Looking for the ideal manufacturing partner in China is never easy.  In the old days buyers would always visit their suppliers and factories before starting to work with them.  With free flowing information, many buyers are over confident and tend to skip steps.  Whilst you can skip a factory visit to save time and expenses, ODM suggest that you should at least delegate this job to somebody else to make sure you avoid problems later on.

Maybe your current supplier does not satisfy your needs.  Maybe you are looking for a new factory to make an entirely new item for you.   In both cases a factory audit should be a mandatory step in order to make an informed decision.

Please find some a few of the necessary steps detailed below so that you (or your agent) can can make this audit as efficient and complete as possible.

Before auditing :

Before auditing a specific partner, you need to choose which factory you will actually be auditing. This is usually done through internet, phone, mail exchange, some sample production and most importantly the capability of the factory to produce the item you are sourcing.    Once you target a couple of potential candidates, a good idea is to layout the objectives of the audit for each factory.

What exact characteristics are you looking for? What details will clearly eliminate them? How will I know this is a worthy business partner?

In order to achieve this, the best idea is usually to layout on a piece of paper the various details you would like sorted out per category and fill them in as you audit. Please find below some of the categories you should include:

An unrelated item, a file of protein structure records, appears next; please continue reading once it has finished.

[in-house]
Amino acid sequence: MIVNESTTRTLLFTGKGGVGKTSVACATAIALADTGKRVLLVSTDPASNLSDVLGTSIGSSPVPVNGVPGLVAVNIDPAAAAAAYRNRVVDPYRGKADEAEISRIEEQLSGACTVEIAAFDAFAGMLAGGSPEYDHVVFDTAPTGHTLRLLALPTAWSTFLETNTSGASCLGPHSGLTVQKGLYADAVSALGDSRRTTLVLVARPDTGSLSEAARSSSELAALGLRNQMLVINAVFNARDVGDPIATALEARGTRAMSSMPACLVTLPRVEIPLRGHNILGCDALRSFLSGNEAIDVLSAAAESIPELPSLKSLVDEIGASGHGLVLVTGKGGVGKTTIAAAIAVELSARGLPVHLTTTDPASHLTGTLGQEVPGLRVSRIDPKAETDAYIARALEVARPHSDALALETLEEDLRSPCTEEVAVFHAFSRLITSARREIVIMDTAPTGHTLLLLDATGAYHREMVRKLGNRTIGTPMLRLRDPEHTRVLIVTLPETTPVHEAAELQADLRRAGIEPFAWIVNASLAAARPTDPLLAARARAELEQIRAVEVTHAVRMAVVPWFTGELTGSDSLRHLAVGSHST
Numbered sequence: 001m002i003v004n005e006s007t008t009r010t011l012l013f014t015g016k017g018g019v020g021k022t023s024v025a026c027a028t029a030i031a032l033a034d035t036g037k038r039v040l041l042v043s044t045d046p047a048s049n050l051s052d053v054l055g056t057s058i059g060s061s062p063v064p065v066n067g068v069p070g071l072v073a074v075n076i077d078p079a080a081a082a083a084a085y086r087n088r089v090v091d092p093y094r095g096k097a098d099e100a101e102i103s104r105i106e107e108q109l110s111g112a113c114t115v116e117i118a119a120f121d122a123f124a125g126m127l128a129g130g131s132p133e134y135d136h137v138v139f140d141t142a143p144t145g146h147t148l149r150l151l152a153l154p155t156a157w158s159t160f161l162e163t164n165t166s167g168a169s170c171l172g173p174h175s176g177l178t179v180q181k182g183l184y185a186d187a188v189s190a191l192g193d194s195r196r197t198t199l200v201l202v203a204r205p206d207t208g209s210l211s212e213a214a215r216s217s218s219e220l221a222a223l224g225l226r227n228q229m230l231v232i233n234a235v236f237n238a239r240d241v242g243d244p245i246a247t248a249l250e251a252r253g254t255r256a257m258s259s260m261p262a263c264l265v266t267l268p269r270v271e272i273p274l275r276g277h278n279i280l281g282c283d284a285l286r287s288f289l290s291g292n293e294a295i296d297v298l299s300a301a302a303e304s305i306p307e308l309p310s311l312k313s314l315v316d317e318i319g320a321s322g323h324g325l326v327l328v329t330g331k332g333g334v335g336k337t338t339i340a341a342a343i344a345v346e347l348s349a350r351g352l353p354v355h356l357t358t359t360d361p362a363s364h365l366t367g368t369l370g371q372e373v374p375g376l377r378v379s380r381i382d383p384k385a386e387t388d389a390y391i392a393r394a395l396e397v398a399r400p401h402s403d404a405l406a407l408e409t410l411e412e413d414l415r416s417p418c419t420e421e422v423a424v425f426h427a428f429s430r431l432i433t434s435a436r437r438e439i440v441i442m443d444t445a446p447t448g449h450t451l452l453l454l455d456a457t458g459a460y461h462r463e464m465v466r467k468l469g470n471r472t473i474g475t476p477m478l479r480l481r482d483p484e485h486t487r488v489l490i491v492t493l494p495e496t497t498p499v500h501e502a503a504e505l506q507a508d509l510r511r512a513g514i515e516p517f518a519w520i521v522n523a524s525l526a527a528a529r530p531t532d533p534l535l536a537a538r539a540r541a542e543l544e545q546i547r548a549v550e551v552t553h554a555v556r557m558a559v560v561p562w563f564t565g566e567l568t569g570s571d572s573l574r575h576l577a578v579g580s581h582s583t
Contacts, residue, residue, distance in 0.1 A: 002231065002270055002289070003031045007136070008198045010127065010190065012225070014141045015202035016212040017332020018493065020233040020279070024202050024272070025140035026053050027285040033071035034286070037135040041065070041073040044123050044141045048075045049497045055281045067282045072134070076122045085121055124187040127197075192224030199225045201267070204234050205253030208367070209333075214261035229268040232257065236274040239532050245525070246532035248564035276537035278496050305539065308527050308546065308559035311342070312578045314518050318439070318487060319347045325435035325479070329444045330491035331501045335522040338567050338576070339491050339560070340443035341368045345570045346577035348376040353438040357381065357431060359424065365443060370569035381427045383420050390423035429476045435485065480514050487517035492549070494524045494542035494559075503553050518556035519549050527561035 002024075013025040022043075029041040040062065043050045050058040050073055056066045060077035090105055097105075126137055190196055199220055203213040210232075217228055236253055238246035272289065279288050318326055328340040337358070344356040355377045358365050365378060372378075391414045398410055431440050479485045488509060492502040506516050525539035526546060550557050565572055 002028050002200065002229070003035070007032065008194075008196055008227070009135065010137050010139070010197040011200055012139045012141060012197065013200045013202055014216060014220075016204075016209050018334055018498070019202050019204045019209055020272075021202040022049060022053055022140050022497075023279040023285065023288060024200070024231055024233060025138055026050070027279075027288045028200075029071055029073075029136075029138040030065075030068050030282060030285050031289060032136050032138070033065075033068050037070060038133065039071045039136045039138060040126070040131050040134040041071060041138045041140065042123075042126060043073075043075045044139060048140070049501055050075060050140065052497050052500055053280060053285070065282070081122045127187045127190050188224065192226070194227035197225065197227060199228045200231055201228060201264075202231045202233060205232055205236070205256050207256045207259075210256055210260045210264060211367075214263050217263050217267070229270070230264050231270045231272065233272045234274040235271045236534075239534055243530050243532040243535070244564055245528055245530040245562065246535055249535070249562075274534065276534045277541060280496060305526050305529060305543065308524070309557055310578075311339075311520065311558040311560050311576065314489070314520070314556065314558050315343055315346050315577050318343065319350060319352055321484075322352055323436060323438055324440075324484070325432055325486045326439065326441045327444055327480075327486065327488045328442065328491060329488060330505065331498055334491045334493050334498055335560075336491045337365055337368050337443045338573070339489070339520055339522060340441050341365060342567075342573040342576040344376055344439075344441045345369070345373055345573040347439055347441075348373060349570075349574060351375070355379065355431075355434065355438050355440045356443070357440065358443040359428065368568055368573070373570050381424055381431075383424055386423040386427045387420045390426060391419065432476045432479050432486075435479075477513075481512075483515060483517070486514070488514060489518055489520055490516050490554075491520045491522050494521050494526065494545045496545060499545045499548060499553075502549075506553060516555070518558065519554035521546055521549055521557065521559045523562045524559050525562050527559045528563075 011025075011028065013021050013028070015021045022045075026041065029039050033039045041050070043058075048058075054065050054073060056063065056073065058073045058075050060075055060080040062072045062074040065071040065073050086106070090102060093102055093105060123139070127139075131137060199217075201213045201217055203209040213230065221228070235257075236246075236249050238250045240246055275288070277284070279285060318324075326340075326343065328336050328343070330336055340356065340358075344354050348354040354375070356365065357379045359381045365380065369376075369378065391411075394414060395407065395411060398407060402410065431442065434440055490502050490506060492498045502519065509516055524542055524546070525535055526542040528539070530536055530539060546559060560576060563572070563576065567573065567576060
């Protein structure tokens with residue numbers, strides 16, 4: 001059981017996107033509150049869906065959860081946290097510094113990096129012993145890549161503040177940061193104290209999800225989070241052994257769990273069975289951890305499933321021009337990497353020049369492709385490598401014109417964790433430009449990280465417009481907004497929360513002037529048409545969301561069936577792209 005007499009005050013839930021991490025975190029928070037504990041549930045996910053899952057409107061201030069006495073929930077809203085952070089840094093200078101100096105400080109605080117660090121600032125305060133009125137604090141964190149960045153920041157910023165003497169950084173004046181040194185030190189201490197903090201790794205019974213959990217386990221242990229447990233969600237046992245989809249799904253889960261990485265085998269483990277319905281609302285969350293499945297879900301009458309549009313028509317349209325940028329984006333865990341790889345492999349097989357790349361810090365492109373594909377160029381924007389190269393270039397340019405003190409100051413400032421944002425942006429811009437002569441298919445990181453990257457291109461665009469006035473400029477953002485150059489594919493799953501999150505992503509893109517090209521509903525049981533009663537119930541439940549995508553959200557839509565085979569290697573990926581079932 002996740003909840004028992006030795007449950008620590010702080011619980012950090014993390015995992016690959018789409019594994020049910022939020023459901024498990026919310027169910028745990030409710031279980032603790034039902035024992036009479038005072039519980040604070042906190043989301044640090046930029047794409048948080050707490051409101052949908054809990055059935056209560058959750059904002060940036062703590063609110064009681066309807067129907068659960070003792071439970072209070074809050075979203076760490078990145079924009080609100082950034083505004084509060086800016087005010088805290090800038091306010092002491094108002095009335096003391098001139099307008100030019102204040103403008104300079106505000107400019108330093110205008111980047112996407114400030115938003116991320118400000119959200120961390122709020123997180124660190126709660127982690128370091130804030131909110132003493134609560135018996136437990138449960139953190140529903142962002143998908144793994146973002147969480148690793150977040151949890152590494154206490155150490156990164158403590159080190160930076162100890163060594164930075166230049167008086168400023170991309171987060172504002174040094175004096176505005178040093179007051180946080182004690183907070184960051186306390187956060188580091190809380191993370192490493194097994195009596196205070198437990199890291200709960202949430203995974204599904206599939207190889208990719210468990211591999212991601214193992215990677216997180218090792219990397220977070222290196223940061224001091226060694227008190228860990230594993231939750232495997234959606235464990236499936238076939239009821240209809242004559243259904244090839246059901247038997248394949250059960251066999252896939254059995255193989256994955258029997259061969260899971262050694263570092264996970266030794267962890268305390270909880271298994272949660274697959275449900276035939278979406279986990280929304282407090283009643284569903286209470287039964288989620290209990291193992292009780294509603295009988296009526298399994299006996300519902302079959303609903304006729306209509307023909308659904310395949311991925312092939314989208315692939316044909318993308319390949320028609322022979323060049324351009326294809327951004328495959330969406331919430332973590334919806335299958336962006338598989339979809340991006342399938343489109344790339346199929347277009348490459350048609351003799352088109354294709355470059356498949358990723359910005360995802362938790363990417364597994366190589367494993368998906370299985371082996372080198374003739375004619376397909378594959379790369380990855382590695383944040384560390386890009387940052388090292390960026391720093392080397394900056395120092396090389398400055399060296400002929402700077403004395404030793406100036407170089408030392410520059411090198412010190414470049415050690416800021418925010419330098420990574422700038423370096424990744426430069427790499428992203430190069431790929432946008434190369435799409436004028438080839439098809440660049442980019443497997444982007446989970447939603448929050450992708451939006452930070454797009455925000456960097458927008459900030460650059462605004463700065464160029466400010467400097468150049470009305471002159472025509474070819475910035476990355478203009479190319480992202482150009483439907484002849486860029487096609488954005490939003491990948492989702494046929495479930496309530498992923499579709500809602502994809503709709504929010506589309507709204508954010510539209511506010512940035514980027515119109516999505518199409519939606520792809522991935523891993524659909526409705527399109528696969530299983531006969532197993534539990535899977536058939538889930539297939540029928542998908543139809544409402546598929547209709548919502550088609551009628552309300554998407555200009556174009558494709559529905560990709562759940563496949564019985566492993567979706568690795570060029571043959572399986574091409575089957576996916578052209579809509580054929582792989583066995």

Auditing, some key features:

Management Interview: A great start to get a gut feeling on how work will be the relationship with management. Would you see yourself do business with them overtime?

At this time you can collect and inspect all certification, papers and other official documents about the quality of the facilities, its production capabilities, organizational policies, etc.

Technical review: We are now entering into most important part of the auditing, the one in which you will be directly in contact with the front line and thus better able to assess the skills and capabilities of the factory.

Be sure to walk around the factory and see how products are assembled.   Do the facilities and production tally with what was described in the earlier meeting.  Here are some points
ODM would cover:

  • Facilities, infrastructure, cleanliness, security: Power capabilities, overall state of the building, its age, security measures (guards,video tapes, etc.), surrounding infrastructure in term of roads, train, plane and finally the overall feel of the place (clean, tidy, messy, etc…)
  • Suppliers: Ask the factory how many suppliers do they have, if one dominates the other, how critical are they in providing specific items, their current relationship, etc. (the more diversified and small the suppliers, the better).
  • Administration, ownership, structure: Ask about ownership breakdown, manufacturing licenses, export licenses, organizational chart, volume of sales destined to export, whether administrative staff is present 0n the manufacturing premises or if they are at different locations (logistical purposes). You should also request for information about current and previous customers (a factory with nothing to hide will easily provide you this). Another idea is to ask for their usual export destination (to test ability to do business with countries as stringent as yours in term of regulations).